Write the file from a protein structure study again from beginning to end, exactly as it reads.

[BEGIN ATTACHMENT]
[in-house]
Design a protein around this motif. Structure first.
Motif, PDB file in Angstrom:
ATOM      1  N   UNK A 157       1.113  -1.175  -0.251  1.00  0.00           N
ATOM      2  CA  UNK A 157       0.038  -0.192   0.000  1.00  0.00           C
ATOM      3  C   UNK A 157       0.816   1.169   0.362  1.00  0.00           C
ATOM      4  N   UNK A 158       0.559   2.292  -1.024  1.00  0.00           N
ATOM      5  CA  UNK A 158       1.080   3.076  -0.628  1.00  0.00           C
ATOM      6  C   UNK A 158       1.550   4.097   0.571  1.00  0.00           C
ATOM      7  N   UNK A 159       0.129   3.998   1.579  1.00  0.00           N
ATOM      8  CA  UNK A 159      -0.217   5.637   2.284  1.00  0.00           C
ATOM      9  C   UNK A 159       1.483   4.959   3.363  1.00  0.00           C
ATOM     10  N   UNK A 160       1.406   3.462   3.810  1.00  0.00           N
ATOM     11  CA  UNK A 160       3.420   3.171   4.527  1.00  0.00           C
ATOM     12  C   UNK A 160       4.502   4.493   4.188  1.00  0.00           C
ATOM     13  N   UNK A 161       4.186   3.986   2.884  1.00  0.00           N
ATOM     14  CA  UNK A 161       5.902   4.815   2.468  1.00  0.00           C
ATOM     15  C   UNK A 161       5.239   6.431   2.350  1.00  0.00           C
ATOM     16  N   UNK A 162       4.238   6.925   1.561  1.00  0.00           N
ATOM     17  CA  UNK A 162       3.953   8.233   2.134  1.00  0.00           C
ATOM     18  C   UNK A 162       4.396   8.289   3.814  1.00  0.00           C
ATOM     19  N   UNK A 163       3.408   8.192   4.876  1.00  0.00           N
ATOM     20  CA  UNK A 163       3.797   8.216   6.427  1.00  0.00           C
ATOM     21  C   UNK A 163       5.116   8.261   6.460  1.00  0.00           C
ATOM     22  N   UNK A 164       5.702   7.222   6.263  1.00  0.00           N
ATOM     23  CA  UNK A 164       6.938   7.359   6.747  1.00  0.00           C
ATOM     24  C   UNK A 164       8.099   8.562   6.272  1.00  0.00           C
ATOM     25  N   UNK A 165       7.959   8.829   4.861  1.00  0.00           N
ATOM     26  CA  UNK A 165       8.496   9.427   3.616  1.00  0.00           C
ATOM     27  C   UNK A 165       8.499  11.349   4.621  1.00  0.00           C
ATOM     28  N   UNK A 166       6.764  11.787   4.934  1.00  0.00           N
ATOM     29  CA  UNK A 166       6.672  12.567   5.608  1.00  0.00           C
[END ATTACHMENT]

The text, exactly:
[in-house]
Design a protein around this motif. Structure first.
Motif, PDB file in Angstrom:
ATOM      1  N   UNK A 157       1.113  -1.175  -0.251  1.00  0.00           N
ATOM      2  CA  UNK A 157       0.038  -0.192   0.000  1.00  0.00           C
ATOM      3  C   UNK A 157       0.816   1.169   0.362  1.00  0.00           C
ATOM      4  N   UNK A 158       0.559   2.292  -1.024  1.00  0.00           N
ATOM      5  CA  UNK A 158       1.080   3.076  -0.628  1.00  0.00           C
ATOM      6  C   UNK A 158       1.550   4.097   0.571  1.00  0.00           C
ATOM      7  N   UNK A 159       0.129   3.998   1.579  1.00  0.00           N
ATOM      8  CA  UNK A 159      -0.217   5.637   2.284  1.00  0.00           C
ATOM      9  C   UNK A 159       1.483   4.959   3.363  1.00  0.00           C
ATOM     10  N   UNK A 160       1.406   3.462   3.810  1.00  0.00           N
ATOM     11  CA  UNK A 160       3.420   3.171   4.527  1.00  0.00           C
ATOM     12  C   UNK A 160       4.502   4.493   4.188  1.00  0.00           C
ATOM     13  N   UNK A 161       4.186   3.986   2.884  1.00  0.00           N
ATOM     14  CA  UNK A 161       5.902   4.815   2.468  1.00  0.00           C
ATOM     15  C   UNK A 161       5.239   6.431   2.350  1.00  0.00           C
ATOM     16  N   UNK A 162       4.238   6.925   1.561  1.00  0.00           N
ATOM     17  CA  UNK A 162       3.953   8.233   2.134  1.00  0.00           C
ATOM     18  C   UNK A 162       4.396   8.289   3.814  1.00  0.00           C
ATOM     19  N   UNK A 163       3.408   8.192   4.876  1.00  0.00           N
ATOM     20  CA  UNK A 163       3.797   8.216   6.427  1.00  0.00           C
ATOM     21  C   UNK A 163       5.116   8.261   6.460  1.00  0.00           C
ATOM     22  N   UNK A 164       5.702   7.222   6.263  1.00  0.00           N
ATOM     23  CA  UNK A 164       6.938   7.359   6.747  1.00  0.00           C
ATOM     24  C   UNK A 164       8.099   8.562   6.272  1.00  0.00           C
ATOM     25  N   UNK A 165       7.959   8.829   4.861  1.00  0.00           N
ATOM     26  CA  UNK A 165       8.496   9.427   3.616  1.00  0.00           C
ATOM     27  C   UNK A 165       8.499  11.349   4.621  1.00  0.00           C
ATOM     28  N   UNK A 166       6.764  11.787   4.934  1.00  0.00           N
ATOM     29  CA  UNK A 166       6.672  12.567   5.608  1.00  0.00           C